Azo Dyes


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azo dyes

[′a·zō ‚dīz]
(organic chemistry)
Widely used commercial dyestuffs derived from amino compounds, with the ‒N‒ chromophore group; can be made as acid, basic, direct, or mordant dyes.

Azo Dyes

 

organic dyes whose molecules contain one or several azo groups—N=N—which connect aromatic radicals. Depending on the number of such groups, the dyes are called mono-, dis-, tris-, or polyazo dyes. Usually, azo dyes contain substituted or unsubstituted NH2 and OH groups in

the aromatic nucleus and also NO2, CI, SOH3H, COOH, and others. The presence of acid groups ensures the water solubility of the dyes.

Synthesis of azo dyes is achieved by combining aromatic diazo compounds ArN2Cl with phenols, aromatic amines, and their derivatives. For example, see above.

Usually, a dye is precipitated from a sodium chloride solution, dried, and then pulverized.

The simplest monoazo dyes are usually yellow, orange, or red in color. An increase in the number of azo groups, a substitution of phenyl radicals with naphthyl radicals, and an increase in the number of oxy- and amino- groups will intensify the color. Depending on their structure and the character of their interaction with textiles, azo dyes are divided into several groups: basic, acid, direct, mordant, ice-color, active, and others. Basic dyes contain NH2 groups; acid dyes, usually one or several sulfo groups. The latter are used in dyeing silk and wool. Large amounts of direct azo dyes are produced for use in coloring cotton fabrics; usually these are polyazo dyes based on benzidine and α-naphthylamine and its sulfo acids. With Fe3+, Cr3+, and other ions, mordant azo dyes form insoluble complexes on the fiber which are well retained. The formation of dye-fiber chemical bonds is characteristic of the active azo dyes. These azo dyes, in production since 1952, not only afford beautiful tints but also are outstanding in their resistance to water and other processing agents. Ice colors are obtained directly on fabrics. Some azo dyes in a fine-dispersion state are used in polygraphy and the paint and varnish industry. Azo dyes are used mainly for coloring textiles but also for coloring leather, paper, rubber, and certain plastics.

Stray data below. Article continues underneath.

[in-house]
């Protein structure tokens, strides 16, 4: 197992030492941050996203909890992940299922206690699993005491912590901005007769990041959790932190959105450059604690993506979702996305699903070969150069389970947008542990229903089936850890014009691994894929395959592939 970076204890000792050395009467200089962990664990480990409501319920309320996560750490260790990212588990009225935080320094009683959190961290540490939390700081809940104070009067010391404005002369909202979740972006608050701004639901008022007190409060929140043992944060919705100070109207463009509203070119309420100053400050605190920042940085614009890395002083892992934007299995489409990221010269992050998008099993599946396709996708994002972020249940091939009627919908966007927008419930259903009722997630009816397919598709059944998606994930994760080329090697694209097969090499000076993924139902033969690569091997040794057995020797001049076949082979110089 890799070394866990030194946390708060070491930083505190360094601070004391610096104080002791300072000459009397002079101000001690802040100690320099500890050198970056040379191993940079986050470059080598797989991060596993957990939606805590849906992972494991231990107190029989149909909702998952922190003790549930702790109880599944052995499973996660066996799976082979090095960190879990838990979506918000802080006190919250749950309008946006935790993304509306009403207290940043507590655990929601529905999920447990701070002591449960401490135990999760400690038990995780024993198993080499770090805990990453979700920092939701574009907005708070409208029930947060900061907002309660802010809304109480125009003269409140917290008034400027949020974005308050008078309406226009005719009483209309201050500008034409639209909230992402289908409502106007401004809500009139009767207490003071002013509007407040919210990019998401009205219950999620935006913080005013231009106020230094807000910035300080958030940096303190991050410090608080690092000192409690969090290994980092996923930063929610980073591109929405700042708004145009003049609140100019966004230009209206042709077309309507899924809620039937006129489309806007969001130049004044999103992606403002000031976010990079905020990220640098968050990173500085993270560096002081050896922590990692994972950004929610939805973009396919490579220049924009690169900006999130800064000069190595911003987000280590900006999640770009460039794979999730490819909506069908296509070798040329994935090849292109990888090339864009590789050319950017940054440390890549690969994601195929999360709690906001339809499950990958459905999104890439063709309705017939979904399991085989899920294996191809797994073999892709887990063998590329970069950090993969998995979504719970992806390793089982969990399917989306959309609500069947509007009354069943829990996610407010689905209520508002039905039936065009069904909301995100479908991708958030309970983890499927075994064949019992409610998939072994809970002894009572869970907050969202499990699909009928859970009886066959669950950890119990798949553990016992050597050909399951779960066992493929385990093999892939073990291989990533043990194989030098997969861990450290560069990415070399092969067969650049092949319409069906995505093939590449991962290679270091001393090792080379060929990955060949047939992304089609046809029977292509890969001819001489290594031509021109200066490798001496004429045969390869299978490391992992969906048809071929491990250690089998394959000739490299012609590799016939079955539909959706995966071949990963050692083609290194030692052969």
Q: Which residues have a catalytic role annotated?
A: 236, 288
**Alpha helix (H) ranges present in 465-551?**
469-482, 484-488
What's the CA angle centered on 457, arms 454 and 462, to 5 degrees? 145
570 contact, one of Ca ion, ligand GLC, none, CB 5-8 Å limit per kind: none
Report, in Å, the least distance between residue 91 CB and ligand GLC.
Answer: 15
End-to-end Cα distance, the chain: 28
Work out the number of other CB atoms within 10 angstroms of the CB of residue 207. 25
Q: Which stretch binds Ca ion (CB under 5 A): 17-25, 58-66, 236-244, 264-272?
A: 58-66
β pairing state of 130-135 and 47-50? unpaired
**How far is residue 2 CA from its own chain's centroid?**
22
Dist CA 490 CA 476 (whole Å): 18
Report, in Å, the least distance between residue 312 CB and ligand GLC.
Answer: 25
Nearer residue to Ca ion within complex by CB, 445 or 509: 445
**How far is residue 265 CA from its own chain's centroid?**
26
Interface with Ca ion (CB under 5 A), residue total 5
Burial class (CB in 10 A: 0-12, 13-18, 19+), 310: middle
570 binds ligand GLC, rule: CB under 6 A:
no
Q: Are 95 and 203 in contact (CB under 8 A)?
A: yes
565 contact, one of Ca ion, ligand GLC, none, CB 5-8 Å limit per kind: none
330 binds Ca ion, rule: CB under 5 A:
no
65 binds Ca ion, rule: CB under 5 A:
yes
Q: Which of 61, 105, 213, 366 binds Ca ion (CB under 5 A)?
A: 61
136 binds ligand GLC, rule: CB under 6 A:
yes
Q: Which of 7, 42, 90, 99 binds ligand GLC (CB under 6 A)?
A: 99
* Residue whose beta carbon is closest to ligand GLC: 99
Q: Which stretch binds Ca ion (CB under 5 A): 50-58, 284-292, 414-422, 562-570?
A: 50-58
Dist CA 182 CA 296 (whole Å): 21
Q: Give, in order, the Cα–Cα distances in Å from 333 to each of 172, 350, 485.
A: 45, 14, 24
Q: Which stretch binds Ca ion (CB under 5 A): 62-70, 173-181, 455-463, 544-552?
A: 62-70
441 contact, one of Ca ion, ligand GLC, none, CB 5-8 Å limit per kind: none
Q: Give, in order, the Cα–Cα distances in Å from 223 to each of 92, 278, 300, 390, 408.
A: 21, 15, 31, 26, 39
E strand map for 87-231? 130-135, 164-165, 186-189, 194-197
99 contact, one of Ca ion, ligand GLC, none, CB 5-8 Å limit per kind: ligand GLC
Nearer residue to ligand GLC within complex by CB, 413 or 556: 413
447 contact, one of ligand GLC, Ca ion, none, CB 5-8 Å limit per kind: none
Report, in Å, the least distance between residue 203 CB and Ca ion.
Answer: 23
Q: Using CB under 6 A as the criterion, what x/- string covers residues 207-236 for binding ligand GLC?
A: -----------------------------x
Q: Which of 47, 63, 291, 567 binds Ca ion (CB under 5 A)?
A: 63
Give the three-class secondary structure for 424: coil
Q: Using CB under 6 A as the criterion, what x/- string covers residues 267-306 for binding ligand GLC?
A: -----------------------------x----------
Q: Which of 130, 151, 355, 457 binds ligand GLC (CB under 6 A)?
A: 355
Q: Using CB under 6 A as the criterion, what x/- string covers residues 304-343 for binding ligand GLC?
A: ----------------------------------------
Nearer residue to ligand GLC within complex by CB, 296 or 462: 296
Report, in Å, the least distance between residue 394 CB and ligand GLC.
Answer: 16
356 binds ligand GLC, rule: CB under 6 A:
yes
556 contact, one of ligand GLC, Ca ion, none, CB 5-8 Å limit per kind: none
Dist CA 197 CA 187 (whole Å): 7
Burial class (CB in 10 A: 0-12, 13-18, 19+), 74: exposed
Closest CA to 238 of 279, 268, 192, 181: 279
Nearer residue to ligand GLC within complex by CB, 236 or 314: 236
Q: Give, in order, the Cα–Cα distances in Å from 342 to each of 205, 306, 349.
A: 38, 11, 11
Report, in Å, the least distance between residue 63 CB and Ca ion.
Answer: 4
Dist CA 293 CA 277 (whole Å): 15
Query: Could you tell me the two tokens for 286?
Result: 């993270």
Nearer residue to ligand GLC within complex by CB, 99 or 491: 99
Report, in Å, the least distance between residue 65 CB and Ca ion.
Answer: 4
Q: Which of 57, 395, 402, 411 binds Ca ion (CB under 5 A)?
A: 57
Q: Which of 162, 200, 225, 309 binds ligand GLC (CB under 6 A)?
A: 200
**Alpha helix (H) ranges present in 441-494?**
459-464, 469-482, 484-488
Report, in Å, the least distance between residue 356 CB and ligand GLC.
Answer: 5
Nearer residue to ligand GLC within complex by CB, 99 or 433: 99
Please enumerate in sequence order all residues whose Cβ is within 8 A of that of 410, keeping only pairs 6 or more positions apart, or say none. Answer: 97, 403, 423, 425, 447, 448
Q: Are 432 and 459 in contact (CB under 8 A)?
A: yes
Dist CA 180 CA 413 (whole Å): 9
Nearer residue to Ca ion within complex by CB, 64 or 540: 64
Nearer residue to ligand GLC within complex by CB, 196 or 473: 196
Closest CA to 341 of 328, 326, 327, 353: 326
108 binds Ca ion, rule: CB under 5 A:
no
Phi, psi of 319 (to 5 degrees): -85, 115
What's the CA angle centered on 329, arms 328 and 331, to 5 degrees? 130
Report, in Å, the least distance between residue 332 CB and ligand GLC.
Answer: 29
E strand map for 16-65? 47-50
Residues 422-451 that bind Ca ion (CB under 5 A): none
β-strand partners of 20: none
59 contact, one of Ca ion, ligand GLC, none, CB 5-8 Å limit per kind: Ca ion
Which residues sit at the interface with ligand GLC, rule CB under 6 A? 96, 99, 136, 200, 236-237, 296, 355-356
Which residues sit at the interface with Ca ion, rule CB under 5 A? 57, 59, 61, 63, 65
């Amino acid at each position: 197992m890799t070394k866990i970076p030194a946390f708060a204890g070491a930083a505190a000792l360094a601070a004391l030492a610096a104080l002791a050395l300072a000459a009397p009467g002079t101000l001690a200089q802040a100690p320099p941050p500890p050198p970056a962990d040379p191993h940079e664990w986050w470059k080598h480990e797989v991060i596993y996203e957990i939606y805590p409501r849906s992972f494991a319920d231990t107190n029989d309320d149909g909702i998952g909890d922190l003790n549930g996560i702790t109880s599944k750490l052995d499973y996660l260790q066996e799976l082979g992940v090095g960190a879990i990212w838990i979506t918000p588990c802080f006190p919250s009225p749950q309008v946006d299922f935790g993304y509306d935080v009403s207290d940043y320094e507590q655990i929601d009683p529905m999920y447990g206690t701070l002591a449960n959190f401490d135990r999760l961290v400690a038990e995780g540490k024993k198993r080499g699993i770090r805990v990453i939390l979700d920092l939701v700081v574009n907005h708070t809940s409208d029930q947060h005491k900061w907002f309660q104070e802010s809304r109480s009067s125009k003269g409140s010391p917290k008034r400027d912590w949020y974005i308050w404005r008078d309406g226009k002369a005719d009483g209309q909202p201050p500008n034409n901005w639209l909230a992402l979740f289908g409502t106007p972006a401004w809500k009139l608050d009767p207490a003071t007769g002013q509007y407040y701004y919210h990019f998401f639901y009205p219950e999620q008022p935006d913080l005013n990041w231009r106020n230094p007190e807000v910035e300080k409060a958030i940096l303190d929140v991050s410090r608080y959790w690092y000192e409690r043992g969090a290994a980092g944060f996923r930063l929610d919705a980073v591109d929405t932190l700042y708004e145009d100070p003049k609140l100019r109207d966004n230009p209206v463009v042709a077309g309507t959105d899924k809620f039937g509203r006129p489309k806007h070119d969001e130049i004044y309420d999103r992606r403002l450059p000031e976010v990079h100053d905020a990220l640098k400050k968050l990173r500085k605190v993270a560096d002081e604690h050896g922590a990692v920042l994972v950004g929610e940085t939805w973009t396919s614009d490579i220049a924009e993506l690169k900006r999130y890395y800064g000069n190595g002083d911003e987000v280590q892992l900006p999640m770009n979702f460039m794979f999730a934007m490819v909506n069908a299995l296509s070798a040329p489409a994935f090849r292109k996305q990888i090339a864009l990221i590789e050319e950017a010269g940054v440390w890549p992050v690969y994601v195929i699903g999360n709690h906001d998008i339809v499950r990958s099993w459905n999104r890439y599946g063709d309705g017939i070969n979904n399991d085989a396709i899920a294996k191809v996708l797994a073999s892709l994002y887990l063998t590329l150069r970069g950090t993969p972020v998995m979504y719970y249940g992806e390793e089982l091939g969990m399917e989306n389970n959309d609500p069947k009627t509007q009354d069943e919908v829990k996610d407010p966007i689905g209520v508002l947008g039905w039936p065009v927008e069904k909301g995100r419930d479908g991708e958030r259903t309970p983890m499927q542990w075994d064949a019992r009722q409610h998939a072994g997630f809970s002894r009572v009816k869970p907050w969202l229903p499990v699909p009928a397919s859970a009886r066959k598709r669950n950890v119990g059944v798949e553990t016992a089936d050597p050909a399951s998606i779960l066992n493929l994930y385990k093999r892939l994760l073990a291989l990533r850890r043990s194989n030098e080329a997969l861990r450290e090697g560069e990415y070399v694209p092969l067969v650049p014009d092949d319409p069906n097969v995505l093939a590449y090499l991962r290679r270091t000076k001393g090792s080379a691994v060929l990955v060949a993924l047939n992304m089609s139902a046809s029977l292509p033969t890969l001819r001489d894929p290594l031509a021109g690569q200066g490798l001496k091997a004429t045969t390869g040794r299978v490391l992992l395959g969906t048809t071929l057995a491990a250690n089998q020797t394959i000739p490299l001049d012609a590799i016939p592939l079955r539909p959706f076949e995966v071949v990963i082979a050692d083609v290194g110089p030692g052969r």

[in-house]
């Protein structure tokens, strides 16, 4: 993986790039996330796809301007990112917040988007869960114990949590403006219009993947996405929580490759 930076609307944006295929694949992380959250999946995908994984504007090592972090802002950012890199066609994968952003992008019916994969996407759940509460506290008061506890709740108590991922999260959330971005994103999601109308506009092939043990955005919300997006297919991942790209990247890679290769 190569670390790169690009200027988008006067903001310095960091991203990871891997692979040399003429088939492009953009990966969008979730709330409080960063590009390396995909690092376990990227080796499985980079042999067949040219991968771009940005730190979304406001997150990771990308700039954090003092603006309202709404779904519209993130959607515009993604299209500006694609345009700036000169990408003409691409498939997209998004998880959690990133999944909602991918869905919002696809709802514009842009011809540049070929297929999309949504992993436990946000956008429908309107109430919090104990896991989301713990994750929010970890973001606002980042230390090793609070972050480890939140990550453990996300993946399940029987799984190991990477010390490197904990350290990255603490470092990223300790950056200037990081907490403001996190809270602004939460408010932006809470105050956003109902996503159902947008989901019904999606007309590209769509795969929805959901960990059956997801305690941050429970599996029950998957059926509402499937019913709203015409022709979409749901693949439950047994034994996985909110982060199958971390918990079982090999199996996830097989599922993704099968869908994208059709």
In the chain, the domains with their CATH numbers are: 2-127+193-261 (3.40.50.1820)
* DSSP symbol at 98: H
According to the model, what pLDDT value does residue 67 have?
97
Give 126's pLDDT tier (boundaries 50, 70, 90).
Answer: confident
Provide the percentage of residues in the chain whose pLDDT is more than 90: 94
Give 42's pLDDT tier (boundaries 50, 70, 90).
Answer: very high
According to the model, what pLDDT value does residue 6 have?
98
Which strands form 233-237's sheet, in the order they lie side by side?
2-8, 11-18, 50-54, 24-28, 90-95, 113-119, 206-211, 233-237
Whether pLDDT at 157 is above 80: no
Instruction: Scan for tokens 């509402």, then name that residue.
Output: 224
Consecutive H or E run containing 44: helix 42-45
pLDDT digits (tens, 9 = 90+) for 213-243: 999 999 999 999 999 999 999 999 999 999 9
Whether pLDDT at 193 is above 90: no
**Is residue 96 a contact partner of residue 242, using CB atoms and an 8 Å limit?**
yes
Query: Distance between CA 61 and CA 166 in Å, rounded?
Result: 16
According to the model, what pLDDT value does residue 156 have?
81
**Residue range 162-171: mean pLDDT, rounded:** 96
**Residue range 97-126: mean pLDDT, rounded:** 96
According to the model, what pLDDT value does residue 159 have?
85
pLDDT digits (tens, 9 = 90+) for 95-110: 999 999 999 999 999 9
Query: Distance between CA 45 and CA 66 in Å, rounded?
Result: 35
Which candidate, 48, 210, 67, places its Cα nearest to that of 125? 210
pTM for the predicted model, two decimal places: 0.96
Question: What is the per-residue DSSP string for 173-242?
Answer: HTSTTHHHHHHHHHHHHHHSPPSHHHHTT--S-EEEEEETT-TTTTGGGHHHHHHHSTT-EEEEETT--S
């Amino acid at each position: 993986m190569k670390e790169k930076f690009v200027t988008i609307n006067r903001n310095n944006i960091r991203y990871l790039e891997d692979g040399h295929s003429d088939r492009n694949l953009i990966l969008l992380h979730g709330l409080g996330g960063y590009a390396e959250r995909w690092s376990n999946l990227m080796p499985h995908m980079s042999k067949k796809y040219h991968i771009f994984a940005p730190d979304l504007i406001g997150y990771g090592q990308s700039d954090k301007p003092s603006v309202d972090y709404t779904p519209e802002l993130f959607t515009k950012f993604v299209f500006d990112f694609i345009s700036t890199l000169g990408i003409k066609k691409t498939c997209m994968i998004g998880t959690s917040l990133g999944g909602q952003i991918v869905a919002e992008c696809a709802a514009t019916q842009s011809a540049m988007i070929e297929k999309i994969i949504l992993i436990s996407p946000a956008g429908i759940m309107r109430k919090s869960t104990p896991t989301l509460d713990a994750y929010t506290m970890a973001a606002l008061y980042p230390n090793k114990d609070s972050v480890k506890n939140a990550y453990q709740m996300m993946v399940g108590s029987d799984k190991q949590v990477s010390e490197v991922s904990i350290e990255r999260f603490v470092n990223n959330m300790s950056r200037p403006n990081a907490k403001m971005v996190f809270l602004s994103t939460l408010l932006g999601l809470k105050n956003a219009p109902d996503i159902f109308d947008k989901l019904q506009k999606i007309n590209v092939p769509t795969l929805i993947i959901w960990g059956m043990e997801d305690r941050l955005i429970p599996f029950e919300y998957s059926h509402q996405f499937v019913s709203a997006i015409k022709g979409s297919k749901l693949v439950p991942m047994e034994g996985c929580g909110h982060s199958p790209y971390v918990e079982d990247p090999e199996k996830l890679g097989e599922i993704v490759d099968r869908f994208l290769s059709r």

REFERENCES

Chekalin, M. A. Khimiia i tekhnologiia organicheskikh krasitelei. Moscow, 1956.
Chekalin, M. A., B. V. Passet, and B. A. Ioffe. Tekhnologiia organicheskikh krasitelei i promezhutochnykh produktov. Leningrad, 1972.
References in periodicals archive ?
ACCC found azo dyes - synthetic dyes used for colouring a variety of consumer goods such as foods, cosmetics, carpets, clothes, leather and textiles - of carcinogen components.
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Kinetics of decolorization and mineralization of reactive azo dyes in aqueous solution by the UV/[H.
Kinetics analysis for the photocatalytic degradation of single and binary azo dye solutions:
Toxicological effect of indole and its azo dye derivatives on some microorganisms under aerobic conditions.
The Iranian researchers succeeded in the laboratorial production of quantum dots made of graphene as catalysts to produce azo dyes.
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Process development for the removal of hazardous anionic azo dye Congo red from wastewater by using hen feather as potential adsorbent.
The Australian Competition and Consumer Commission (ACCC) has announced further recalls for jeans sold in Cotton On, Jeans West and Rivers Australia in its continuing effort to prevent risk of a possible contamination with high levels of cancer-causing azo dyes.
Besides, textile testing house will be established at Karachi to check the AZO dyes and ECO testing in order to boost the export potential of the country.
Phthalates are substances classified as toxic to reproduction while azo dyes are classified as carcinogens.
The mutagenicity of textile dyes, particularly azo dyes as well as non-azo dyes, has been reviewed (Mathur et al.